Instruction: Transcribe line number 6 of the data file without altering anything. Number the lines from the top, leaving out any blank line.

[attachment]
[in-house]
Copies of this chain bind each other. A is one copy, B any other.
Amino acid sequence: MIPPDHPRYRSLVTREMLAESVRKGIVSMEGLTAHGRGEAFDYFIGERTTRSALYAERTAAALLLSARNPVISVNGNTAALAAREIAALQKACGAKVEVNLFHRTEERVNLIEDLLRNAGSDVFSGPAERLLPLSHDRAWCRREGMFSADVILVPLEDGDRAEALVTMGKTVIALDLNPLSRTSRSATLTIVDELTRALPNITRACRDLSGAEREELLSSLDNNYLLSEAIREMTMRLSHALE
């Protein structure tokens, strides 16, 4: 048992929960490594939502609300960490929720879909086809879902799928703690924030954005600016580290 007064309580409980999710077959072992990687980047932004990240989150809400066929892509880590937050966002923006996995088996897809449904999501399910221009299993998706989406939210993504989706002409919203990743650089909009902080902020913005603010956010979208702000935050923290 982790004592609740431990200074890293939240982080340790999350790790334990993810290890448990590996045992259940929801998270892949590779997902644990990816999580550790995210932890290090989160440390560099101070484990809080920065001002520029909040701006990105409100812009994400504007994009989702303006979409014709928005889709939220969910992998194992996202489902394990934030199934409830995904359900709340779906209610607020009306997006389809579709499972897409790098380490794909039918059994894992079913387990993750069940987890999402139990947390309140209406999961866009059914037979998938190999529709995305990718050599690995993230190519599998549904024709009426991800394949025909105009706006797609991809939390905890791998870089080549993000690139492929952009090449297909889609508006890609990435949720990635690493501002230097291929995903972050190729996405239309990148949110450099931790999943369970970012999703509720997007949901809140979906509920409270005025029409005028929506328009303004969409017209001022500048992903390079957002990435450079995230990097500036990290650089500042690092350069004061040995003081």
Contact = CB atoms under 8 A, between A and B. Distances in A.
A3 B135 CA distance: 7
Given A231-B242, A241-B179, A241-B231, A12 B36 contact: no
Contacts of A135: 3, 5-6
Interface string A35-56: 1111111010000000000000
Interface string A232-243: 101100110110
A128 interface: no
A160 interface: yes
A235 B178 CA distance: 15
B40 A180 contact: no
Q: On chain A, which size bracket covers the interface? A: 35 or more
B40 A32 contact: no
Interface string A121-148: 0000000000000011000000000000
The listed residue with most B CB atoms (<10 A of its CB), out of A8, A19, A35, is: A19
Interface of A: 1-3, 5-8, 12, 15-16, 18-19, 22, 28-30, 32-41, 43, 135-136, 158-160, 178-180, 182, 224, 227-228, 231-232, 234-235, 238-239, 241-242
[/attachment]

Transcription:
A3 B135 CA distance: 7